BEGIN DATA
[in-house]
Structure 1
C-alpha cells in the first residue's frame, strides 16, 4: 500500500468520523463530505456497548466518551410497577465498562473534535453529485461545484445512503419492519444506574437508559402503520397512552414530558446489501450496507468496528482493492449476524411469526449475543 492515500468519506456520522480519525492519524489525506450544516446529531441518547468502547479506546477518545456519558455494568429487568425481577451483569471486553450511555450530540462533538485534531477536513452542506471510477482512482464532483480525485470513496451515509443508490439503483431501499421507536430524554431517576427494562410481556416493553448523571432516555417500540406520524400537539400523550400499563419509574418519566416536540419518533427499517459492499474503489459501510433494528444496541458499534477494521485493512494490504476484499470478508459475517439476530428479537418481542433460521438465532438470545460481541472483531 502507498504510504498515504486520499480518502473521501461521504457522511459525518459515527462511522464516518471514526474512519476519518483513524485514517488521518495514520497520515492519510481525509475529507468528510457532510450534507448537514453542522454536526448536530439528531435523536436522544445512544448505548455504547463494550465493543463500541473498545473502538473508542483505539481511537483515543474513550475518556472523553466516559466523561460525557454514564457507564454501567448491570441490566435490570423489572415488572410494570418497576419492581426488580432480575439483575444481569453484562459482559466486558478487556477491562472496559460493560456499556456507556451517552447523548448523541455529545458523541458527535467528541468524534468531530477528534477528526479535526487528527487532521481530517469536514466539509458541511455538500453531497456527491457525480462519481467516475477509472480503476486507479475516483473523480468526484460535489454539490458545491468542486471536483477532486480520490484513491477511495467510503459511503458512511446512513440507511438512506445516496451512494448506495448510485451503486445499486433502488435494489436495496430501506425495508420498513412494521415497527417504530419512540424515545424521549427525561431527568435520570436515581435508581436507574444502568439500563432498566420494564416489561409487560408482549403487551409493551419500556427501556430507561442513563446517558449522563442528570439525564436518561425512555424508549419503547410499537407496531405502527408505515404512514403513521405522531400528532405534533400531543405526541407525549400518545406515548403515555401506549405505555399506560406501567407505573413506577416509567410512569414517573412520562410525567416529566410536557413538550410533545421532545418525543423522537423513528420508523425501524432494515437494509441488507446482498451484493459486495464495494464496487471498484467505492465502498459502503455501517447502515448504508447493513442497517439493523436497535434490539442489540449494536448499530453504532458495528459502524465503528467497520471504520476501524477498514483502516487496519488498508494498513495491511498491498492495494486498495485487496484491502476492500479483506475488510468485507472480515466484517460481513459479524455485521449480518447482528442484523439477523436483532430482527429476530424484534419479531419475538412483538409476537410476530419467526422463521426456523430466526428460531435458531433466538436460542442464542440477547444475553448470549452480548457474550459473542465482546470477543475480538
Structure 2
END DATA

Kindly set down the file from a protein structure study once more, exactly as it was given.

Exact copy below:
[in-house]
Structure 1
C-alpha cells in the first residue's frame, strides 16, 4: 500500500468520523463530505456497548466518551410497577465498562473534535453529485461545484445512503419492519444506574437508559402503520397512552414530558446489501450496507468496528482493492449476524411469526449475543 492515500468519506456520522480519525492519524489525506450544516446529531441518547468502547479506546477518545456519558455494568429487568425481577451483569471486553450511555450530540462533538485534531477536513452542506471510477482512482464532483480525485470513496451515509443508490439503483431501499421507536430524554431517576427494562410481556416493553448523571432516555417500540406520524400537539400523550400499563419509574418519566416536540419518533427499517459492499474503489459501510433494528444496541458499534477494521485493512494490504476484499470478508459475517439476530428479537418481542433460521438465532438470545460481541472483531 502507498504510504498515504486520499480518502473521501461521504457522511459525518459515527462511522464516518471514526474512519476519518483513524485514517488521518495514520497520515492519510481525509475529507468528510457532510450534507448537514453542522454536526448536530439528531435523536436522544445512544448505548455504547463494550465493543463500541473498545473502538473508542483505539481511537483515543474513550475518556472523553466516559466523561460525557454514564457507564454501567448491570441490566435490570423489572415488572410494570418497576419492581426488580432480575439483575444481569453484562459482559466486558478487556477491562472496559460493560456499556456507556451517552447523548448523541455529545458523541458527535467528541468524534468531530477528534477528526479535526487528527487532521481530517469536514466539509458541511455538500453531497456527491457525480462519481467516475477509472480503476486507479475516483473523480468526484460535489454539490458545491468542486471536483477532486480520490484513491477511495467510503459511503458512511446512513440507511438512506445516496451512494448506495448510485451503486445499486433502488435494489436495496430501506425495508420498513412494521415497527417504530419512540424515545424521549427525561431527568435520570436515581435508581436507574444502568439500563432498566420494564416489561409487560408482549403487551409493551419500556427501556430507561442513563446517558449522563442528570439525564436518561425512555424508549419503547410499537407496531405502527408505515404512514403513521405522531400528532405534533400531543405526541407525549400518545406515548403515555401506549405505555399506560406501567407505573413506577416509567410512569414517573412520562410525567416529566410536557413538550410533545421532545418525543423522537423513528420508523425501524432494515437494509441488507446482498451484493459486495464495494464496487471498484467505492465502498459502503455501517447502515448504508447493513442497517439493523436497535434490539442489540449494536448499530453504532458495528459502524465503528467497520471504520476501524477498514483502516487496519488498508494498513495491511498491498492495494486498495485487496484491502476492500479483506475488510468485507472480515466484517460481513459479524455485521449480518447482528442484523439477523436483532430482527429476530424484534419479531419475538412483538409476537410476530419467526422463521426456523430466526428460531435458531433466538436460542442464542440477547444475553448470549452480548457474550459473542465482546470477543475480538
Structure 2